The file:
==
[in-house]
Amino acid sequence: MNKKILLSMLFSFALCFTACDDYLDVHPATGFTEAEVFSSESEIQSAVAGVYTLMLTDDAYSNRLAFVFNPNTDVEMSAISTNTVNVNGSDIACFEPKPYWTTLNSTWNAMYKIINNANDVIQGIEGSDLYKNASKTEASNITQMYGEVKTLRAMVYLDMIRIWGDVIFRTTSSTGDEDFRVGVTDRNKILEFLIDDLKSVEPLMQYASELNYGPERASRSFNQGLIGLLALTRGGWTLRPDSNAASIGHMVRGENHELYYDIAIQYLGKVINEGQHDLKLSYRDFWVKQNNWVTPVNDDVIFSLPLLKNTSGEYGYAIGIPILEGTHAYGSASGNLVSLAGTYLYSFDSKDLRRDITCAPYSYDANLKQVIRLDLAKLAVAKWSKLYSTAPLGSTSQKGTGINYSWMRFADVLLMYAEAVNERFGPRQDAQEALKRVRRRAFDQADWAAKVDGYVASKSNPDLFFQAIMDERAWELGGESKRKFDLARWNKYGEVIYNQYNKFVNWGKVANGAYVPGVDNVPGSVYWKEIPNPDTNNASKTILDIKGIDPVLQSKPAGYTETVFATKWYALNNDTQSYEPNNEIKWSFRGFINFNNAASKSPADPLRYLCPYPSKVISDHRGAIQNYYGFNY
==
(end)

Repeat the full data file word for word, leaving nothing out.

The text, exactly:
[in-house]
Amino acid sequence: MNKKILLSMLFSFALCFTACDDYLDVHPATGFTEAEVFSSESEIQSAVAGVYTLMLTDDAYSNRLAFVFNPNTDVEMSAISTNTVNVNGSDIACFEPKPYWTTLNSTWNAMYKIINNANDVIQGIEGSDLYKNASKTEASNITQMYGEVKTLRAMVYLDMIRIWGDVIFRTTSSTGDEDFRVGVTDRNKILEFLIDDLKSVEPLMQYASELNYGPERASRSFNQGLIGLLALTRGGWTLRPDSNAASIGHMVRGENHELYYDIAIQYLGKVINEGQHDLKLSYRDFWVKQNNWVTPVNDDVIFSLPLLKNTSGEYGYAIGIPILEGTHAYGSASGNLVSLAGTYLYSFDSKDLRRDITCAPYSYDANLKQVIRLDLAKLAVAKWSKLYSTAPLGSTSQKGTGINYSWMRFADVLLMYAEAVNERFGPRQDAQEALKRVRRRAFDQADWAAKVDGYVASKSNPDLFFQAIMDERAWELGGESKRKFDLARWNKYGEVIYNQYNKFVNWGKVANGAYVPGVDNVPGSVYWKEIPNPDTNNASKTILDIKGIDPVLQSKPAGYTETVFATKWYALNNDTQSYEPNNEIKWSFRGFINFNNAASKSPADPLRYLCPYPSKVISDHRGAIQNYYGFNY